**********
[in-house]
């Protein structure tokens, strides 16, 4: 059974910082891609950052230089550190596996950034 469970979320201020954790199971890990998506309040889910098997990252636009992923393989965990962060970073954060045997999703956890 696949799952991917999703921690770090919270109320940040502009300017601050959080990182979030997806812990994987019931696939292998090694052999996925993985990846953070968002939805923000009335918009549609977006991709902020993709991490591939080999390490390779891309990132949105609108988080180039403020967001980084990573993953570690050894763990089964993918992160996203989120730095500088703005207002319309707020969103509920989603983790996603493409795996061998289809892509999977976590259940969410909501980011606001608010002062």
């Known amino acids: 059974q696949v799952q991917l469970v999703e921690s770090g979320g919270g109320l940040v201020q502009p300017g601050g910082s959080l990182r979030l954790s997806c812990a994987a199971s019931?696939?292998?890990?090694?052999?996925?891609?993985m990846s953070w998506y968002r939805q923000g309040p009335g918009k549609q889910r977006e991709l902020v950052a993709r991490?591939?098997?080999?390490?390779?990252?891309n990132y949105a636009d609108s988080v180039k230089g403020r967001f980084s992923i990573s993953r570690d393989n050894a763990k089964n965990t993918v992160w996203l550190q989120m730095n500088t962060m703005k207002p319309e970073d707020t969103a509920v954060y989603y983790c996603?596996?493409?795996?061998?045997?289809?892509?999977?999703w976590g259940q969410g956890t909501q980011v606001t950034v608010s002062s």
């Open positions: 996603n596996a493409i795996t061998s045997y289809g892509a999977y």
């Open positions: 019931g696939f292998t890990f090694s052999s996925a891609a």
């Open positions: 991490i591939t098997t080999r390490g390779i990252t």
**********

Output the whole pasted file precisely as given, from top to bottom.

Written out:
[in-house]
């Protein structure tokens, strides 16, 4: 059974910082891609950052230089550190596996950034 469970979320201020954790199971890990998506309040889910098997990252636009992923393989965990962060970073954060045997999703956890 696949799952991917999703921690770090919270109320940040502009300017601050959080990182979030997806812990994987019931696939292998090694052999996925993985990846953070968002939805923000009335918009549609977006991709902020993709991490591939080999390490390779891309990132949105609108988080180039403020967001980084990573993953570690050894763990089964993918992160996203989120730095500088703005207002319309707020969103509920989603983790996603493409795996061998289809892509999977976590259940969410909501980011606001608010002062």
């Known amino acids: 059974q696949v799952q991917l469970v999703e921690s770090g979320g919270g109320l940040v201020q502009p300017g601050g910082s959080l990182r979030l954790s997806c812990a994987a199971s019931?696939?292998?890990?090694?052999?996925?891609?993985m990846s953070w998506y968002r939805q923000g309040p009335g918009k549609q889910r977006e991709l902020v950052a993709r991490?591939?098997?080999?390490?390779?990252?891309n990132y949105a636009d609108s988080v180039k230089g403020r967001f980084s992923i990573s993953r570690d393989n050894a763990k089964n965990t993918v992160w996203l550190q989120m730095n500088t962060m703005k207002p319309e970073d707020t969103a509920v954060y989603y983790c996603?596996?493409?795996?061998?045997?289809?892509?999977?999703w976590g259940q969410g956890t909501q980011v606001t950034v608010s002062s």
């Open positions: 996603n596996a493409i795996t061998s045997y289809g892509a999977y």
């Open positions: 019931g696939f292998t890990f090694s052999s996925a891609a």
């Open positions: 991490i591939t098997t080999r390490g390779i990252t």